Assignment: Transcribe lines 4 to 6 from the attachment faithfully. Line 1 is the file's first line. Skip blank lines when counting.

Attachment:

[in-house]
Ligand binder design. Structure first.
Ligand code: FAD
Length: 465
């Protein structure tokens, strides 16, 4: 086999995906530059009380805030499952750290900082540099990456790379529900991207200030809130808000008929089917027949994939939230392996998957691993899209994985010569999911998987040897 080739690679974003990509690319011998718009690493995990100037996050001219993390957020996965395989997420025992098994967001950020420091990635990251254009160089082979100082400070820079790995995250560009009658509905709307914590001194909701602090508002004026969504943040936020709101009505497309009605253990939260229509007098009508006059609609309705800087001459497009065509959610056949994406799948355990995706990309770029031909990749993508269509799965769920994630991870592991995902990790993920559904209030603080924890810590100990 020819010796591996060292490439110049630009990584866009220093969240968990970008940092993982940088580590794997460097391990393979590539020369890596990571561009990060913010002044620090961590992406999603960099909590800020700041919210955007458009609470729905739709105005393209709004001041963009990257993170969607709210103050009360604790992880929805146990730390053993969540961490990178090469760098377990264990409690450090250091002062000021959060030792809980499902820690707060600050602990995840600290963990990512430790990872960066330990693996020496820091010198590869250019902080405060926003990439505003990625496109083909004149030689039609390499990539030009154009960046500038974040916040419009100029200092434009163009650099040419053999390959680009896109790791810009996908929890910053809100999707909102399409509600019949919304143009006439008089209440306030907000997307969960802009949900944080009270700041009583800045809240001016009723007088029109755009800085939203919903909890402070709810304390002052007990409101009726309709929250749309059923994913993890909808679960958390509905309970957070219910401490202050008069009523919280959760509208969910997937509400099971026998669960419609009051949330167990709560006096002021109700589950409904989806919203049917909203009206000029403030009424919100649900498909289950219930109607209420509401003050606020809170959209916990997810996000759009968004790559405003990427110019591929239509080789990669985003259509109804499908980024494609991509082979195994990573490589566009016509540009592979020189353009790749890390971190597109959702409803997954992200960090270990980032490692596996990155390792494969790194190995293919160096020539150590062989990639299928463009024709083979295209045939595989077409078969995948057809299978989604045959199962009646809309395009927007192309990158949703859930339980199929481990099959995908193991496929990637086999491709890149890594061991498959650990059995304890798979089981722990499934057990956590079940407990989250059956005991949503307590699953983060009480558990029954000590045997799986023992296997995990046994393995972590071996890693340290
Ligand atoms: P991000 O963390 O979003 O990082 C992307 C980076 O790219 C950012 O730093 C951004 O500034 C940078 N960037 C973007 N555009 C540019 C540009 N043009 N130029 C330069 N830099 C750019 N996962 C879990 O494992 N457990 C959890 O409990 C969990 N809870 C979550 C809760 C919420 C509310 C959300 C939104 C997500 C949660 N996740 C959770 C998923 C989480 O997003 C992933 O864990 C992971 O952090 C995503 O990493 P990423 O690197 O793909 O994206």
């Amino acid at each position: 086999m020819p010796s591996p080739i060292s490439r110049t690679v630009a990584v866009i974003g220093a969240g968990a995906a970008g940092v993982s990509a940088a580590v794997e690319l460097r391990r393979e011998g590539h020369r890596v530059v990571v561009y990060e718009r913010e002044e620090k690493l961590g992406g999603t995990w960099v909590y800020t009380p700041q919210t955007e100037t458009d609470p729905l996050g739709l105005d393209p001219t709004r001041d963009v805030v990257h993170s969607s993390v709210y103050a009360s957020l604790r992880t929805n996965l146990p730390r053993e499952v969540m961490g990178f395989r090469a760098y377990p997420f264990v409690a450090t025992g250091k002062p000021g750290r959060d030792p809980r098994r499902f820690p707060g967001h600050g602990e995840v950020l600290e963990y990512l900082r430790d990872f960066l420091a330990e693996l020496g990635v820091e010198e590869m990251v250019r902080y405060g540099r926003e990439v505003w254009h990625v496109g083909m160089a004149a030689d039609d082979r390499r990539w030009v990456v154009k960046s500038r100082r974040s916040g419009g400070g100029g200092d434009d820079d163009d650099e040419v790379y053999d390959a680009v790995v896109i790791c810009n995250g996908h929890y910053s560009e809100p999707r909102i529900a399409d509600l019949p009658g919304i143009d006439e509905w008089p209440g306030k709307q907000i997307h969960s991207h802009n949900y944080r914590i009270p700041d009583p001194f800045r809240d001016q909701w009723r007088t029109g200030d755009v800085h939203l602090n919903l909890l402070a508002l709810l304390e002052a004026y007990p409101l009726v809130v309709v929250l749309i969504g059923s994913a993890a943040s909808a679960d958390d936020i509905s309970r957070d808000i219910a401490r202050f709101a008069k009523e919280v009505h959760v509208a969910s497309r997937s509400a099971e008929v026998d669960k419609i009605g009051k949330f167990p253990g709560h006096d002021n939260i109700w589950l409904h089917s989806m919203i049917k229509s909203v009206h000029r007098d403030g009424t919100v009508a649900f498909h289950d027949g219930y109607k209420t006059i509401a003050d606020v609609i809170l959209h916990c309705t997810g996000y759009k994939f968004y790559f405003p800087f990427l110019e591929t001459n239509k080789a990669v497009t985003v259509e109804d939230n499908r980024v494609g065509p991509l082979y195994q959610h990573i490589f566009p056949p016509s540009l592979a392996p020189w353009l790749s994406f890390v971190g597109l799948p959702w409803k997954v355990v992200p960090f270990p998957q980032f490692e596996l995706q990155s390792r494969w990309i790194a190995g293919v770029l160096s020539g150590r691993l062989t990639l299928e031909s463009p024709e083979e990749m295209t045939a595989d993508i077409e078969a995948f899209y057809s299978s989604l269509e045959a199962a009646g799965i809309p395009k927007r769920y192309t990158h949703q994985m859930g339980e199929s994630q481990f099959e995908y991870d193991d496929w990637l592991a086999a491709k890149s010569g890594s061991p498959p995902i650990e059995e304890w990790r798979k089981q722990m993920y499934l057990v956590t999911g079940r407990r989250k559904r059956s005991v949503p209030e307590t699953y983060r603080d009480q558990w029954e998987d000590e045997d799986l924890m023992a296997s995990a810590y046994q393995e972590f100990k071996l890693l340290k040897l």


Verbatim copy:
Length: 465
């Protein structure tokens, strides 16, 4: 086999995906530059009380805030499952750290900082540099990456790379529900991207200030809130808000008929089917027949994939939230392996998957691993899209994985010569999911998987040897 080739690679974003990509690319011998718009690493995990100037996050001219993390957020996965395989997420025992098994967001950020420091990635990251254009160089082979100082400070820079790995995250560009009658509905709307914590001194909701602090508002004026969504943040936020709101009505497309009605253990939260229509007098009508006059609609309705800087001459497009065509959610056949994406799948355990995706990309770029031909990749993508269509799965769920994630991870592991995902990790993920559904209030603080924890810590100990 020819010796591996060292490439110049630009990584866009220093969240968990970008940092993982940088580590794997460097391990393979590539020369890596990571561009990060913010002044620090961590992406999603960099909590800020700041919210955007458009609470729905739709105005393209709004001041963009990257993170969607709210103050009360604790992880929805146990730390053993969540961490990178090469760098377990264990409690450090250091002062000021959060030792809980499902820690707060600050602990995840600290963990990512430790990872960066330990693996020496820091010198590869250019902080405060926003990439505003990625496109083909004149030689039609390499990539030009154009960046500038974040916040419009100029200092434009163009650099040419053999390959680009896109790791810009996908929890910053809100999707909102399409509600019949919304143009006439008089209440306030907000997307969960802009949900944080009270700041009583800045809240001016009723007088029109755009800085939203919903909890402070709810304390002052007990409101009726309709929250749309059923994913993890909808679960958390509905309970957070219910401490202050008069009523919280959760509208969910997937509400099971026998669960419609009051949330167990709560006096002021109700589950409904989806919203049917909203009206000029403030009424919100649900498909289950219930109607209420509401003050606020809170959209916990997810996000759009968004790559405003990427110019591929239509080789990669985003259509109804499908980024494609991509082979195994990573490589566009016509540009592979020189353009790749890390971190597109959702409803997954992200960090270990980032490692596996990155390792494969790194190995293919160096020539150590062989990639299928463009024709083979295209045939595989077409078969995948057809299978989604045959199962009646809309395009927007192309990158949703859930339980199929481990099959995908193991496929990637086999491709890149890594061991498959650990059995304890798979089981722990499934057990956590079940407990989250059956005991949503307590699953983060009480558990029954000590045997799986023992296997995990046994393995972590071996890693340290
Ligand atoms: P991000 O963390 O979003 O990082 C992307 C980076 O790219 C950012 O730093 C951004 O500034 C940078 N960037 C973007 N555009 C540019 C540009 N043009 N130029 C330069 N830099 C750019 N996962 C879990 O494992 N457990 C959890 O409990 C969990 N809870 C979550 C809760 C919420 C509310 C959300 C939104 C997500 C949660 N996740 C959770 C998923 C989480 O997003 C992933 O864990 C992971 O952090 C995503 O990493 P990423 O690197 O793909 O994206």